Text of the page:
On September 14, 2001, three days after the terrorist attacks on the World Trade Center and the Pentagon, a group of psychologists sent an open letter to the American Psychological Association. The 19 signatories, all established experts in trauma research and treatment, were concerned that thousands of people in New York City and elsewhere would receive dubious, even damaging, counseling. "In times like these," the letter said, "it is imperative that we refrain from the urge to intervene in ways that--however well-intentioned--have the potential to make matters worse....Unfortunately, this has not prevented certain therapists from descending on disaster scenes with well-intentioned but misguided efforts. Psychologists can be of most help by supporting the community structures that people naturally call upon in times of grief and suffering. Let us do whatever we can, while being careful not to get in the way."
The letter voiced a second powerful warning: not to mistake normal reactions--intense sadness or sleeplessness, jumpiness, and so on--for mental abnormality. The letter was posted online and picked up by a New York Times science reporter who fast-tracked the controversy into Sunday's paper, five days after the attacks. As Gerald Rosen, a Seattle psychologist and one of the letter's authors told the reporter, "The public should be very concerned about medicalizing what are human reactions."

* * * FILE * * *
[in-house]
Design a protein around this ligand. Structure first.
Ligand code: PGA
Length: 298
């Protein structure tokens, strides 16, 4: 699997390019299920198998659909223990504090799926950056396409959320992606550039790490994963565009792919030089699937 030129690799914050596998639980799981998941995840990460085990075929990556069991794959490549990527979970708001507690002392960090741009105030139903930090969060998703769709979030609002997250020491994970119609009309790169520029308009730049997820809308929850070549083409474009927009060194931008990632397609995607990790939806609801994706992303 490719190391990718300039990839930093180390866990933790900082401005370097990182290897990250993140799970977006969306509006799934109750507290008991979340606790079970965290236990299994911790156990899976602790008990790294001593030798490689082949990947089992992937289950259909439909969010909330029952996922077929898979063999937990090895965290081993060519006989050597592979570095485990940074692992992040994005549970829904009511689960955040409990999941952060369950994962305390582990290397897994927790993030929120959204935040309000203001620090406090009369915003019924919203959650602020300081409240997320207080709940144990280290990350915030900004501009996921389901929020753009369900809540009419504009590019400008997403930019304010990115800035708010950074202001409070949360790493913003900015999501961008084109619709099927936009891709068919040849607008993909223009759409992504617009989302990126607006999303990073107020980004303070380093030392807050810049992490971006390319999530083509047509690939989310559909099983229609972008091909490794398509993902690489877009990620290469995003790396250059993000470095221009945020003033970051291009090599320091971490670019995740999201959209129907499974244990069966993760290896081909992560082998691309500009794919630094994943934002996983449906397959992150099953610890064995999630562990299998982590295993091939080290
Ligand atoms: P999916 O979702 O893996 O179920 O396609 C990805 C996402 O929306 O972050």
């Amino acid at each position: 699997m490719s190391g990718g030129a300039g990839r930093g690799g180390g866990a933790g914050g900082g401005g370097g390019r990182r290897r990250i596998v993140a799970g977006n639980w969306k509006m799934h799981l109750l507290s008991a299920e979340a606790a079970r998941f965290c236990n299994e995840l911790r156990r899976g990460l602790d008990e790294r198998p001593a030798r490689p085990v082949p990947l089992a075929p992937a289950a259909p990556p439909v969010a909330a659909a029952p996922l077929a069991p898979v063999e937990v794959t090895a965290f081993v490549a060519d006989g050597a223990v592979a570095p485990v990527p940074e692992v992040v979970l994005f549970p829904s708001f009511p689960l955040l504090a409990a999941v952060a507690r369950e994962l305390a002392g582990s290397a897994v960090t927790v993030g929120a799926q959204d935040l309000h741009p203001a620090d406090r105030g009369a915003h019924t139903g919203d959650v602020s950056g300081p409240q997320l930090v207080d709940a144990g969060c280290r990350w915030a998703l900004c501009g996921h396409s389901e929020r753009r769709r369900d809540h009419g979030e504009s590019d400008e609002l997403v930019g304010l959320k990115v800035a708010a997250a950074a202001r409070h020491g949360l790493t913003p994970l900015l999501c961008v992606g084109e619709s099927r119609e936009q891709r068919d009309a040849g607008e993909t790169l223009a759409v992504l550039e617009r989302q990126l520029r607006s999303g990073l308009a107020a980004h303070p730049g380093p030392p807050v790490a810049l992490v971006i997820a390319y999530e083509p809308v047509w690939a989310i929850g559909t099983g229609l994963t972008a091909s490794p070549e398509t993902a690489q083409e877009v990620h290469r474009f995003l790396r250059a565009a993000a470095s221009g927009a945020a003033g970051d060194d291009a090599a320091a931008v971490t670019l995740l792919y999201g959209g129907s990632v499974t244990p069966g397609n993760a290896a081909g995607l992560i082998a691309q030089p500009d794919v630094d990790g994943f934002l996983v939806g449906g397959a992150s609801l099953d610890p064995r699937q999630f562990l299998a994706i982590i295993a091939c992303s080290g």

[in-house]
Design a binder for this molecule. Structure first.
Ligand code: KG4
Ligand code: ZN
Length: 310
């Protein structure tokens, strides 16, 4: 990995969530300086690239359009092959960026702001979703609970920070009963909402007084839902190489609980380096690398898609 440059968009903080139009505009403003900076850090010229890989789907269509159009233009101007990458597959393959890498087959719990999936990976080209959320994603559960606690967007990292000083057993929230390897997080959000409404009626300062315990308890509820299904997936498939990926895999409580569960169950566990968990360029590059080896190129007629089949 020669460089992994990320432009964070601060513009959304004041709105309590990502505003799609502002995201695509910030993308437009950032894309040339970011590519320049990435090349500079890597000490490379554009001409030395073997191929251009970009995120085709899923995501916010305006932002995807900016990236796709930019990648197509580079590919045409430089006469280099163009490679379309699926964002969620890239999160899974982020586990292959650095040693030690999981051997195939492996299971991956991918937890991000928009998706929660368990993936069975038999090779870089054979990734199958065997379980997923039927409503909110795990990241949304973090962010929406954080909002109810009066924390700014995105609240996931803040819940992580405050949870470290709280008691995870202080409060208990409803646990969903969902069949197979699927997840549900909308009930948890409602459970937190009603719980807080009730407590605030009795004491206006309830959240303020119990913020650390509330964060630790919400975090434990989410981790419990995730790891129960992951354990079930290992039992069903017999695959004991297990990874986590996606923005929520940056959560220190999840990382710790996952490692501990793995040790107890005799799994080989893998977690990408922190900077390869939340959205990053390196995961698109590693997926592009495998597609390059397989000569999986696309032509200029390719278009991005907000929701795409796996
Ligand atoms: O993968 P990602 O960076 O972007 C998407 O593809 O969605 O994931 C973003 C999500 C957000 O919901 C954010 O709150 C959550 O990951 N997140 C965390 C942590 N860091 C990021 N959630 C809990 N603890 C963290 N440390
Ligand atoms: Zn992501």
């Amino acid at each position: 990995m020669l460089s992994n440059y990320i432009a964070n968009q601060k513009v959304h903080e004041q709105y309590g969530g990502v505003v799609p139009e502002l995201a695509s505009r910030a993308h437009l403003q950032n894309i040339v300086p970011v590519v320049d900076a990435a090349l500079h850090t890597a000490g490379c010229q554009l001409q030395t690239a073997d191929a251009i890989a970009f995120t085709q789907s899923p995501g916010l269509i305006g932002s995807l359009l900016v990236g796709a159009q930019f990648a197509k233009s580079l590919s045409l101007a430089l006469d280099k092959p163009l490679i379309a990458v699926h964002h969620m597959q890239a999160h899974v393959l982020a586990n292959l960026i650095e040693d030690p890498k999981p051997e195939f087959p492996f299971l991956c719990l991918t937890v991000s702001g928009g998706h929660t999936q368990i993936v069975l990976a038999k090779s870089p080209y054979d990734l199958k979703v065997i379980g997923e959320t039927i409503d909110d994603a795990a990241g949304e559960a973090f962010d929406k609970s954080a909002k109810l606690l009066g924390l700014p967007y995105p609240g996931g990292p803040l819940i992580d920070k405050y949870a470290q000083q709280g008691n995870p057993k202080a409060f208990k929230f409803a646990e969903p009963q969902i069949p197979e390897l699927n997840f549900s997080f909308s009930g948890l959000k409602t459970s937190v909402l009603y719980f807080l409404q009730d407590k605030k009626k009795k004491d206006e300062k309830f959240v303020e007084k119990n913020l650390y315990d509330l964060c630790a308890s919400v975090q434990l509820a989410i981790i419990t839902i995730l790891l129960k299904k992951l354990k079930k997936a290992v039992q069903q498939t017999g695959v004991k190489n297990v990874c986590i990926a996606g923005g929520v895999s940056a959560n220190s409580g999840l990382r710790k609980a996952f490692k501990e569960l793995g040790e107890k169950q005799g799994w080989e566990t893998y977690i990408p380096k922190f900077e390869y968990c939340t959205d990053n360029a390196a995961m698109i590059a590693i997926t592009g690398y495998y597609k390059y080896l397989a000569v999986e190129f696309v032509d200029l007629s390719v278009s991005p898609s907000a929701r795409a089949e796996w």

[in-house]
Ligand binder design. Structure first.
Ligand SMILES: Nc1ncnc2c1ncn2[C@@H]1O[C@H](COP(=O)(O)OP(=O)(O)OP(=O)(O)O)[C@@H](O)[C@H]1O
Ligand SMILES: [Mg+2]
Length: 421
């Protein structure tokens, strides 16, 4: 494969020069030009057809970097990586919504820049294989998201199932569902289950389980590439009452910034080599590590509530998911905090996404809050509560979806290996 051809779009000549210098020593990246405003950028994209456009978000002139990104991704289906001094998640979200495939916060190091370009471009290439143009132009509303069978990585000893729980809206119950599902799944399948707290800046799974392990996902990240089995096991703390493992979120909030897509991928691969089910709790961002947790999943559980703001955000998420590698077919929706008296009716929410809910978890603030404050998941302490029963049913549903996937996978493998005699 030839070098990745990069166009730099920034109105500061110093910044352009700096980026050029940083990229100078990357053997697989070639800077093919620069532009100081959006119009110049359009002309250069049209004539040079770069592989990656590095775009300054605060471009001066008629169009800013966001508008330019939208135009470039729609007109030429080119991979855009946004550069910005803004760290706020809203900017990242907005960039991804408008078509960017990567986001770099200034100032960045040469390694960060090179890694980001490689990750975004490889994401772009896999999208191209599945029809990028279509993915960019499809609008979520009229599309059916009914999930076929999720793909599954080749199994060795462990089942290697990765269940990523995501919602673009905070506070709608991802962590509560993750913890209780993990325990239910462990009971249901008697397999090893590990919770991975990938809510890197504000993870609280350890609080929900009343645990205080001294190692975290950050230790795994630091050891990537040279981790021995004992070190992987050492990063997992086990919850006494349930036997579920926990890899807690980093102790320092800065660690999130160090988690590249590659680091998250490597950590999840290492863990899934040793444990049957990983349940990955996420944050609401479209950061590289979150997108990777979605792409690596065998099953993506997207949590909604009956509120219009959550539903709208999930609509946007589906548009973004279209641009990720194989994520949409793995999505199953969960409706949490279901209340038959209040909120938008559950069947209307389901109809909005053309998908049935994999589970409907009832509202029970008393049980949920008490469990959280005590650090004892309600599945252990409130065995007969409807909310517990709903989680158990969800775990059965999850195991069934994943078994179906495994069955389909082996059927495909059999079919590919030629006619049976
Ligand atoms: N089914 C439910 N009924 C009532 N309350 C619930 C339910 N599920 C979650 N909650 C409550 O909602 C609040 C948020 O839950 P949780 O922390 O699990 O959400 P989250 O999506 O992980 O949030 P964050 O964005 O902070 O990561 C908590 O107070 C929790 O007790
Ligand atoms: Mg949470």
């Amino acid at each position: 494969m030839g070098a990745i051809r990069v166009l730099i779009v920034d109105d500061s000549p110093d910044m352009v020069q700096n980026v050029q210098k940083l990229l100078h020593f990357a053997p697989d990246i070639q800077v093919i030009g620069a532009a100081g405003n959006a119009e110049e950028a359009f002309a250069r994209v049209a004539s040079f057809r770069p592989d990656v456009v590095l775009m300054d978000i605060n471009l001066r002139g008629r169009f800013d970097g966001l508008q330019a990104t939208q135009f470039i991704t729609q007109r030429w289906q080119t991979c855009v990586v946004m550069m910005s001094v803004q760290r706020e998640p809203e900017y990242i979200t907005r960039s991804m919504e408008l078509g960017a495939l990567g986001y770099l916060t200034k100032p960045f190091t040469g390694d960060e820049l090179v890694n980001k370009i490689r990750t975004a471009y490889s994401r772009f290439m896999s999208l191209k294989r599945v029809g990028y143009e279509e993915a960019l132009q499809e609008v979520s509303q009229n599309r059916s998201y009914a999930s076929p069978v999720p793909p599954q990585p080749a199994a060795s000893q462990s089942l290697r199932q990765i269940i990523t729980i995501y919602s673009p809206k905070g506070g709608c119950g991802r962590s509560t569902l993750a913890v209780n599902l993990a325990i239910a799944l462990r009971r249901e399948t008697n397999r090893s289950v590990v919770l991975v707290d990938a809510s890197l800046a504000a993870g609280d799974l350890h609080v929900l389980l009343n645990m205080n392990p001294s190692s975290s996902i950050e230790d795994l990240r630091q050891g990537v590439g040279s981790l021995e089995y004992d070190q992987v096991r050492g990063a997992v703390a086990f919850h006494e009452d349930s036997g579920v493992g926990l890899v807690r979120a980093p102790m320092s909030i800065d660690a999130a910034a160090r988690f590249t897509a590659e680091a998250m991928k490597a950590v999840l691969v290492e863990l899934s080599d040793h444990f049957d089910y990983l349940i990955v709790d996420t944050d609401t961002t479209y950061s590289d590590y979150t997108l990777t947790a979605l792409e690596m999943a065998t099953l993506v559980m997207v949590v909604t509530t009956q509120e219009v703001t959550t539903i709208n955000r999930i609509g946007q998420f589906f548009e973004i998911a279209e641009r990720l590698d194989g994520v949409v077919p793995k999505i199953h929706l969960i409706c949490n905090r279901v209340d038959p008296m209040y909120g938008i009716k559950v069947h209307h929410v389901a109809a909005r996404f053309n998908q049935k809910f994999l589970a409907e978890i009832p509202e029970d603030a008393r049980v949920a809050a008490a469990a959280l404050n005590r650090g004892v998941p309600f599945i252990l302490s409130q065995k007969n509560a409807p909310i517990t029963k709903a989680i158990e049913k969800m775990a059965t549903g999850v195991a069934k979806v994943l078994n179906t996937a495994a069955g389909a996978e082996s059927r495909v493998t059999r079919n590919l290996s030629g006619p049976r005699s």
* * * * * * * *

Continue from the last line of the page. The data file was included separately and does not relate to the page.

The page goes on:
By then, though, the trauma industry had shifted into high gear. Roughly 9,000 counselors raced to lower Manhattan, advocating, in the words of one observer, "intervention for any person even remotely connected to the tragedy."
Spencer Eth, a psychiatrist at St. Vincent's Catholic Medical Centers in New York City, foretold "huge increases in the prevalence of traumatic grief, depression, post-traumatic stress disorder [PTSD], and substance abuse in the New York City metropolitan area at the least...[the] psychiatric toll will be enormous." Richard Mollica, a Harvard psychiatrist, forecast that "starting around the Thanksgiving holiday and through the New Year, a major mental health crisis will emerge in the city and surrounding area." The president of the New York State Psychiatric Association predicted that psychiatric problems would continue to emerge over several years, including among those who were watching television coverage of the attack.
Granted, these urgent statements were made soon after the attacks, while our collective nervous system was still reverberating from the shock. Yet weeks and months later, when cooler heads might have prevailed, the warnings remained frantic and grim. In June 2002, for example, the Office of Mental Health projected that two million New Yorkers, or one in four, would need counseling. And one year after the attack, the president of the Washington, D.C., Psychiatric Society was still worried about mental health manpower: "There are not enough psychiatrists, psychologists, social workers, or other crisis counselors to treat the fallout from a massive, unimaginable horror."
The dire predictions of psychological injury prompted a Washington Post reporter to correct the misimpression: "Even though it is commonly believed that post-traumatic stress disorder is universal among trauma victims--a fallacy that some mental health counselors are perpetuating in the aftermath of this tragedy--epidemiological studies show otherwise." In response to the apprehension about whether people could cope, a skeptical reporter with USA Today was finally forced to ask, "Does everyone who goes through trauma need a therapist?"